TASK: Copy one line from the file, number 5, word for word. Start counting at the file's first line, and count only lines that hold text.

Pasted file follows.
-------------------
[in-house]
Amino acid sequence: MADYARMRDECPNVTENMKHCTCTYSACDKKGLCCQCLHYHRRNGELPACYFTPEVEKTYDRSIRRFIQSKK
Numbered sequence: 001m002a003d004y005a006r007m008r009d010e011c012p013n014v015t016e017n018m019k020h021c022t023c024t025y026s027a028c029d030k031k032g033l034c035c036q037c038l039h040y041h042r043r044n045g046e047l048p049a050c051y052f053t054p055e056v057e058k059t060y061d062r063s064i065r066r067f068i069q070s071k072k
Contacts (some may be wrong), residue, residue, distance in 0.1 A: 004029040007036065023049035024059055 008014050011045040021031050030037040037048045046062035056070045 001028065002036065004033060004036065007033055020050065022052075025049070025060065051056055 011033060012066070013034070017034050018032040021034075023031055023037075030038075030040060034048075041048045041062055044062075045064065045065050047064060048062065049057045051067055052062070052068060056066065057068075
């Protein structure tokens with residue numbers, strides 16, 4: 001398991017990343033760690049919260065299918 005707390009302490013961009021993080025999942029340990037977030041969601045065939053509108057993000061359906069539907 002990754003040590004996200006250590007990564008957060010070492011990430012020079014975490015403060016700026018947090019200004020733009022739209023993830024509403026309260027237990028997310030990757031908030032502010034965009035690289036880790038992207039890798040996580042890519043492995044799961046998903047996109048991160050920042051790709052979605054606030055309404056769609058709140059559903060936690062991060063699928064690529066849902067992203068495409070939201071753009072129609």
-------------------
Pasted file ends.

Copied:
């Protein structure tokens with residue numbers, strides 16, 4: 001398991017990343033760690049919260065299918 005707390009302490013961009021993080025999942029340990037977030041969601045065939053509108057993000061359906069539907 002990754003040590004996200006250590007990564008957060010070492011990430012020079014975490015403060016700026018947090019200004020733009022739209023993830024509403026309260027237990028997310030990757031908030032502010034965009035690289036880790038992207039890798040996580042890519043492995044799961046998903047996109048991160050920042051790709052979605054606030055309404056769609058709140059559903060936690062991060063699928064690529066849902067992203068495409070939201071753009072129609």